Saving Power in the Data Center

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Marios Papaefthymiou, Ph.D.
Dean, UCI Donald Bren School of Information and Computer Sciences (ICS)
Professor of Computer Science

Please join us for the third of the Orange County ACM Chapter's 2017 bi-monthly evening program series.


6:30 PM Doors Open & Networking

7:00 PM Announcements and Presentation

8:30 PM Meeting Adjourned

Event Details

In this talk, Dean Papaefthymiou will describe how energy-recycling deployed at the chip level saves significant amounts of power in high-end multi-GHz processors for data centers. He will then shift gears to highlight the exciting opportunities on the horizon for the Donald Bren School of Information and Computer Sciences at UC Irvine.

Speaker Bio

Marios Papaefthymiou is professor of computer science and the Ted and Janice Smith Family Foundation dean of the Donald Bren School of Information and Computer Sciences (ICS) at University of California, Irvine. He joined UC Irvine in 2017 as the third dean for ICS.

Before coming to UC Irvine, Papaefthymiou was professor of electrical engineering and computer science at the University of Michigan, where he served as chair of computer science and engineering, overseeing one of the fastest-growing and most innovative academic programs in computing across the nation. Before joining Michigan, he was on the faculty at Yale.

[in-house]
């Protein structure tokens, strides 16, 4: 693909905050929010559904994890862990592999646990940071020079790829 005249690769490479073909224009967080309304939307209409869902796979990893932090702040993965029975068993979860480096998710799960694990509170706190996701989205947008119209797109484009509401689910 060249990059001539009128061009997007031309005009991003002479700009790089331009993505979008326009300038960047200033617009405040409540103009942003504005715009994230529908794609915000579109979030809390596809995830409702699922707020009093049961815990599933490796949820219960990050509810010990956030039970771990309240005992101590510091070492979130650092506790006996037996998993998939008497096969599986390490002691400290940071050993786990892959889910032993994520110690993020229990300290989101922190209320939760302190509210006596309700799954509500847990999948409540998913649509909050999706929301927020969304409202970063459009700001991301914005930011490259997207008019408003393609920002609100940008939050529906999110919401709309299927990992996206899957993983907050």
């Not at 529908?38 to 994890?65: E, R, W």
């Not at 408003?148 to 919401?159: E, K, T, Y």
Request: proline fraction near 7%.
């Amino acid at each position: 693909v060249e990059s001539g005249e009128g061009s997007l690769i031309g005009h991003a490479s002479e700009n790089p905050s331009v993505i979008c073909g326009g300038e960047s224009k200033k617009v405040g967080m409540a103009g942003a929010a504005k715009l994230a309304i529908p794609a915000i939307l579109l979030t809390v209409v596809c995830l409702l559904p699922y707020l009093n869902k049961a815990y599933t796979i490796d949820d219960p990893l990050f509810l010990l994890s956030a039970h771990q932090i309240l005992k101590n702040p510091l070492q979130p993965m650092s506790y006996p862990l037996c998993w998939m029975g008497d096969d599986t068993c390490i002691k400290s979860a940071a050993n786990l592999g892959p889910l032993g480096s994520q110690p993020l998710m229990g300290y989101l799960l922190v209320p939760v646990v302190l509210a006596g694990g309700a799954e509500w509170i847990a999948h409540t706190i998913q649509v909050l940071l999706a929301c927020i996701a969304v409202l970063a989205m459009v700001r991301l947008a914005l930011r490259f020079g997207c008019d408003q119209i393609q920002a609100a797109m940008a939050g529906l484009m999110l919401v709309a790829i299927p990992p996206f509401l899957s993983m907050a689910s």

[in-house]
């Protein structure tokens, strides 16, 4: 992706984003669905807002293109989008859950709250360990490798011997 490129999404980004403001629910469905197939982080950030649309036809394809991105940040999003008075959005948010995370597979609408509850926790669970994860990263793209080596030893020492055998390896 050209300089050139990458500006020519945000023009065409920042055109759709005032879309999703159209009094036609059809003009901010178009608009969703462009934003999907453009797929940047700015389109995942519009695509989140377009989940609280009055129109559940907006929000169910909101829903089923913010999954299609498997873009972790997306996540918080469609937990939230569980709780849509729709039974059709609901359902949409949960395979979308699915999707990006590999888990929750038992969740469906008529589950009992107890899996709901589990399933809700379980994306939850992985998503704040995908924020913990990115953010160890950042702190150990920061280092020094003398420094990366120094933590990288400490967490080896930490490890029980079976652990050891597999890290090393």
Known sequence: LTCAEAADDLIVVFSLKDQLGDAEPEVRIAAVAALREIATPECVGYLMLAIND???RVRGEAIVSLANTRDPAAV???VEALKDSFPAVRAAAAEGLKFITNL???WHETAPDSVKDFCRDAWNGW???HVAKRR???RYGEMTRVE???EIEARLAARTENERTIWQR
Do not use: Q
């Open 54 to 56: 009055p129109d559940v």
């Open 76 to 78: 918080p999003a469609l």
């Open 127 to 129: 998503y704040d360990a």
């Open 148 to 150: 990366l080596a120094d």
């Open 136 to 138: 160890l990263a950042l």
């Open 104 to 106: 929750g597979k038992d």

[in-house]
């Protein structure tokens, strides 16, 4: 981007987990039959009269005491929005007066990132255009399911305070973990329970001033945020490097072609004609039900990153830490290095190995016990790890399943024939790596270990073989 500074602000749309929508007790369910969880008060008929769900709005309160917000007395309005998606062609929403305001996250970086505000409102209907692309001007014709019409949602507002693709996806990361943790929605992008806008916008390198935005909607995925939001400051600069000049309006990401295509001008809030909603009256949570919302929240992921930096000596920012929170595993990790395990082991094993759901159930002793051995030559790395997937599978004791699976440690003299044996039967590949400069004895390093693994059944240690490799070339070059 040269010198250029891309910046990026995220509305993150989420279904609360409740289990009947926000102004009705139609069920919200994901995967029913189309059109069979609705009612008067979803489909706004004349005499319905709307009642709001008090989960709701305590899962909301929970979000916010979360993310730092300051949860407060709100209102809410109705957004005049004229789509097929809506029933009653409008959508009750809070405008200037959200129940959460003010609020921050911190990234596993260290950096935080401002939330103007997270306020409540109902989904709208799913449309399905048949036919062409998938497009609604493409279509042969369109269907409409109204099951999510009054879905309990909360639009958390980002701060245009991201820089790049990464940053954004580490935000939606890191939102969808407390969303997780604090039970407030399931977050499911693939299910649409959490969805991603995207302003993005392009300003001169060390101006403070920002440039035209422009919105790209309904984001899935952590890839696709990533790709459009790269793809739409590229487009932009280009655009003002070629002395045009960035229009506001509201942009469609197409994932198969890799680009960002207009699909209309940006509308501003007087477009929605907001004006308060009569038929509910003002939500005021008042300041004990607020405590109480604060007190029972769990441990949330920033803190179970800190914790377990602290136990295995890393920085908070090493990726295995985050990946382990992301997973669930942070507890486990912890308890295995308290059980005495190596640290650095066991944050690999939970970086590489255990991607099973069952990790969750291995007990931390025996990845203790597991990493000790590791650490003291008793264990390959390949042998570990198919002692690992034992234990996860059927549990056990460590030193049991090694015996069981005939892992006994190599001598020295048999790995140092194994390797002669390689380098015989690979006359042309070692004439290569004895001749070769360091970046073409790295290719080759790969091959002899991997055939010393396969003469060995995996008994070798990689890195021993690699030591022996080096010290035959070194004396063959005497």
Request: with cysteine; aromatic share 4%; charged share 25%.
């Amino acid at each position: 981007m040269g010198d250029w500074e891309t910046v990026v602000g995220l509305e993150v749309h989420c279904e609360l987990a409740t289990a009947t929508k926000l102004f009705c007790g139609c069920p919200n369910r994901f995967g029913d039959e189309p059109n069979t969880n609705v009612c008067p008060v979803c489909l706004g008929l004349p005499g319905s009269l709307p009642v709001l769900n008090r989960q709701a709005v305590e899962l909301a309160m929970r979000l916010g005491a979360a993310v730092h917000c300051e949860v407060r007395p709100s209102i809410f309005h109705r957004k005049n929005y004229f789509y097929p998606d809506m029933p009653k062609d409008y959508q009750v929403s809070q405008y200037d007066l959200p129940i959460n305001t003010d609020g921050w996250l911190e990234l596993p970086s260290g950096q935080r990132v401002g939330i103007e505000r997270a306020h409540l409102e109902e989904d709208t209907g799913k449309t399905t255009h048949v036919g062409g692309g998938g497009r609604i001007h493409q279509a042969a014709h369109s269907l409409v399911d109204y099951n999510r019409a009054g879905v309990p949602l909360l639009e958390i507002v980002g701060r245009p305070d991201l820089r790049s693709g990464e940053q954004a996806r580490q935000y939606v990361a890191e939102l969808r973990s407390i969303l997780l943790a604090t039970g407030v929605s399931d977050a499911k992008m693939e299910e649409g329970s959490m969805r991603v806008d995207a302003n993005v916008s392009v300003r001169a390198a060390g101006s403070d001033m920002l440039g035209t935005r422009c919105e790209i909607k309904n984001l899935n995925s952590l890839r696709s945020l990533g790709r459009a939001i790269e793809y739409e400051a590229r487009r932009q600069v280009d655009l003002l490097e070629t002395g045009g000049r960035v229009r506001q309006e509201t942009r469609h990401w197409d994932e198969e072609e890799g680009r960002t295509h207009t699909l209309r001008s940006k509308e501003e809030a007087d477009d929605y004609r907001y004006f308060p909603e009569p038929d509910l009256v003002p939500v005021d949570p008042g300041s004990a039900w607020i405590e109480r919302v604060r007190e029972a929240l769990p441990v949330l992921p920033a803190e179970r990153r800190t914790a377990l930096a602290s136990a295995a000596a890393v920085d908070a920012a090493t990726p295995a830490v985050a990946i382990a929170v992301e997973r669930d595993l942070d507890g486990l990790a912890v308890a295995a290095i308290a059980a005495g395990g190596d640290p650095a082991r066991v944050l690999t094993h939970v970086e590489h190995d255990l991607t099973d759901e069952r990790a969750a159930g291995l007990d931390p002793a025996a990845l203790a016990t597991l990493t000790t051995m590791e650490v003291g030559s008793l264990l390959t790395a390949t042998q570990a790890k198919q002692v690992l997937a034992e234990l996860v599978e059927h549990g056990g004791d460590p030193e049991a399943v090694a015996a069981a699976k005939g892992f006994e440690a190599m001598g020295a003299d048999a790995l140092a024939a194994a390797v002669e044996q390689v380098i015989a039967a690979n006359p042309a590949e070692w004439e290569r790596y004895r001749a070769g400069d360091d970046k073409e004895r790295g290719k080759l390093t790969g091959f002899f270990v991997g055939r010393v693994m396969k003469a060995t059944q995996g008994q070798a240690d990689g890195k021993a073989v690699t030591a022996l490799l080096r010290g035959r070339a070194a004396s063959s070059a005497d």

Papaefthymiou’s research interests are in architectures and design methodologies for energy-efficient high-performance computers. With more than 100 publications on this topic, Papaefthymiou holds 21 US and international patents on energy-efficient computing and is co-founder and chief scientist of Cyclos Semiconductor, a Michigan spin-off commercializing energy-efficiency solutions for high-end computers.

His accolades include a Young Investigator Award from ARO, a CAREER award from NSF, a number of Faculty Partnership Awards from IBM, and multiple best paper awards.

Papaefthymiou grew up in Athens, Greece, and studied at the National Technical University of Athens before transferring to Caltech, where he earned a bachelor’s degree in electrical engineering. He then went on to earn master’s and doctorate degrees in electrical engineering and computer science from MIT.


This event is co-sponsored by the IEEE Orange County Computer Society.